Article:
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Oil falls on weak China data, concern about U.S. supply growth

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[February 26, 2014]  By Elizabeth Dilts

NEW YORK (Reuters)  Oil fell on Tuesday, pressured by further signs of a Chinese economic slowdown and data that showed a build in U.S. crude stockpiles for the second straight week.

Persistent production outages in Libya and South Sudan capped losses in Brent while U.S. oil was pressured by sinking gasoline futures prices in the face of lessening demand for the fuel.

U.S. weekly crude stocks rose by a less-than-expected 822,000 barrels in the week to Feb. 21, according to data from the American Petroleum Institute released Tuesday. A preliminary Reuters poll forecast an increase of 1.2 million barrels.

Oil stocks at Cushing, Oklahoma, the benchmark delivery point for the U.S. oil futures contract, fell by 1.1 million barrels, API data showed. Still, traders said that oil simply moved from one location to another along the Gulf Coast as refiners enter maintenance season and demand for crude oil wanes.

"They're just moving those barrels south and that's putting pressure on the market," said Bob Yawger, director of commodities futures at Mizuho Securities in New York.

The U.S. Energy Information Agency will release its inventory report Wednesday at 10:30 a.m. EST (1530 GMT).

Worries of slower growth in China worsened as the yuan fell more than 1 percent against the U.S. dollar.

Brent crude fell $1.13 to settle at $109.51 a barrel, after settling at its highest level this year in the previous session. U.S. oil fell 99 cents to settle at $101.83 per barrel, after falling nearly $2 earlier in the session.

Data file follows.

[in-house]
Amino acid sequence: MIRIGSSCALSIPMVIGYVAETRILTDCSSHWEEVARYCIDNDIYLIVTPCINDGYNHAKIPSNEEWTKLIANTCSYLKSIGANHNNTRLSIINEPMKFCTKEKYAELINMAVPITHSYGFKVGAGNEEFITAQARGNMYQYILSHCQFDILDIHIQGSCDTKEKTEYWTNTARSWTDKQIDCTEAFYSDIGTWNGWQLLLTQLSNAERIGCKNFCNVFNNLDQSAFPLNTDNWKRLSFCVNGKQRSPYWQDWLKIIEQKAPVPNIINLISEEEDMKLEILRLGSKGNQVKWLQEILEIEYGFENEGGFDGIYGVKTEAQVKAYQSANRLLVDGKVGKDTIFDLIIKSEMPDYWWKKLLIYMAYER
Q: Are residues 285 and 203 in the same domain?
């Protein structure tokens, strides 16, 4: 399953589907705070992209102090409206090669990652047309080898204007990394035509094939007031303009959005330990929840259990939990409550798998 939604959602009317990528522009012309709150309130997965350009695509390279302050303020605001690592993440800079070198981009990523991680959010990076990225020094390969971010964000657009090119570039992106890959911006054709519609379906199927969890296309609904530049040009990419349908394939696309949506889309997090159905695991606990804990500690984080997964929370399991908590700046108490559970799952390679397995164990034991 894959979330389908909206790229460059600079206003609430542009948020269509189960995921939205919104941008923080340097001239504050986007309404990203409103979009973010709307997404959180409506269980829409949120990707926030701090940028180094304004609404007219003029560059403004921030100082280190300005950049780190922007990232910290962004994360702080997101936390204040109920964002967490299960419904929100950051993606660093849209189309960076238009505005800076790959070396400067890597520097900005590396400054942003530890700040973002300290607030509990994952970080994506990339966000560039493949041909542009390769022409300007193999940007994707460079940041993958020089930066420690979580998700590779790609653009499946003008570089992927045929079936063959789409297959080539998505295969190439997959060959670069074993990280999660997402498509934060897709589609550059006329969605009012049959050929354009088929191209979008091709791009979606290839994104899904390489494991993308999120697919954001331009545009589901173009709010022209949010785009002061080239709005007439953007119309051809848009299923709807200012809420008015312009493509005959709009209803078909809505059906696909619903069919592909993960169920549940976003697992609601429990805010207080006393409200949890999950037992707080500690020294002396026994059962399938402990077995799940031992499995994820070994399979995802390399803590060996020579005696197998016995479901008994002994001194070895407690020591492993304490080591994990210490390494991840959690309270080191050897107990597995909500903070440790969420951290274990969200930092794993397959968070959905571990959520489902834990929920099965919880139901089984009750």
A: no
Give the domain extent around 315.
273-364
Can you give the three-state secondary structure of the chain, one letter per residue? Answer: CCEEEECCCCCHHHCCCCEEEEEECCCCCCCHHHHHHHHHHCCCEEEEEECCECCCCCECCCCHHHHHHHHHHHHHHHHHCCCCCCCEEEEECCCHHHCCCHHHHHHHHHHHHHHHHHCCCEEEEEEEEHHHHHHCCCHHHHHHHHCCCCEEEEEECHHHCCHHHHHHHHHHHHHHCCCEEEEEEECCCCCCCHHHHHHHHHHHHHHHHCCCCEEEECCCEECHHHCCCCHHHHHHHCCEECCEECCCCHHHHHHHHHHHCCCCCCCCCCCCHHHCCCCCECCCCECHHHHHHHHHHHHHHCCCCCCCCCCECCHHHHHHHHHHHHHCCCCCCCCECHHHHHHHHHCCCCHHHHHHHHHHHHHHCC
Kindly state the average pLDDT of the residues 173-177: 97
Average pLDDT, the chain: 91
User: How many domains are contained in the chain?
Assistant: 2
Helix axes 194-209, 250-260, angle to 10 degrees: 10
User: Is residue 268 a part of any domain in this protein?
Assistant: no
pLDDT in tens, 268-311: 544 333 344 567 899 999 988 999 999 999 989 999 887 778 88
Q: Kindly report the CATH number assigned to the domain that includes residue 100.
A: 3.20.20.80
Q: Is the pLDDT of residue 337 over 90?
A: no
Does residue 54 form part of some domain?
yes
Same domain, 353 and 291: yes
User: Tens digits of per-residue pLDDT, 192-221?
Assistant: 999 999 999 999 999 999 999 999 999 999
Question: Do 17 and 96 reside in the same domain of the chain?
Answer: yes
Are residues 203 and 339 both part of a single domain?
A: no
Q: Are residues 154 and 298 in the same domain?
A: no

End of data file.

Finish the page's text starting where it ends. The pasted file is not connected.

Brent's premium to U.S. crude <CL-LCO1=R> widened to $8.85 on Tuesday, before tightening to settle just 14 cents wider at $7.68. On Monday, the spread narrowed to a nearly five-month low of $7.04, but failed to pass several key resistance levels around $7, analysts said.

A stronger U.S. dollar bolstered by comments from a top Federal Reserve regulator that the central bank will continue monetary tightening in the future also weighed on U.S. crude and commodities priced in the dollar.

U.S. heating oil erased earlier losses and rose on forecasts for more extreme cold in the near-term, analysts said. New York ultra-low sulfur diesel futures (ULSD), commonly known as heating oil, rose 1.71 cents to settle at $3.1043 per gallon.

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RBOB gasoline prices for March, which expire on Friday, fell 3-1/2 cents to settle at $2.7981 per gallon.

"The next two weeks shows freezing weather and the distillate market is tight enough that the rally should continue," said Rich Hastings, macro strategist with Global Hunter Securities.

Gasoline futures are "looking for a bit firmer signals," he added.

Gasoline stocks fell by 314,000 barrels, while distillate stockpiles fell by 693,000 barrels, API data showed.

Brent oil drew support from supply outages in Africa. Libya has put some government departments under special spending rules as a slump in oil revenue has hampered the drafting of a budget for this year. Protests at oilfields and ports have knocked oil production down to 230,000 barrels per day (bpd) from 1.4 million bpd in summer.

Fighting in South Sudan has seen oil output fall by a third since December to about 170,000 bpd last week.

(Additional reporting by Lin Noueihed and Shadi Bushra in London and Manash Goswami in Singapore; editing by Mark Heinrich, Marguerita Choy and Matthew Lewis)

[ 2014 Thomson Reuters. All rights reserved.]

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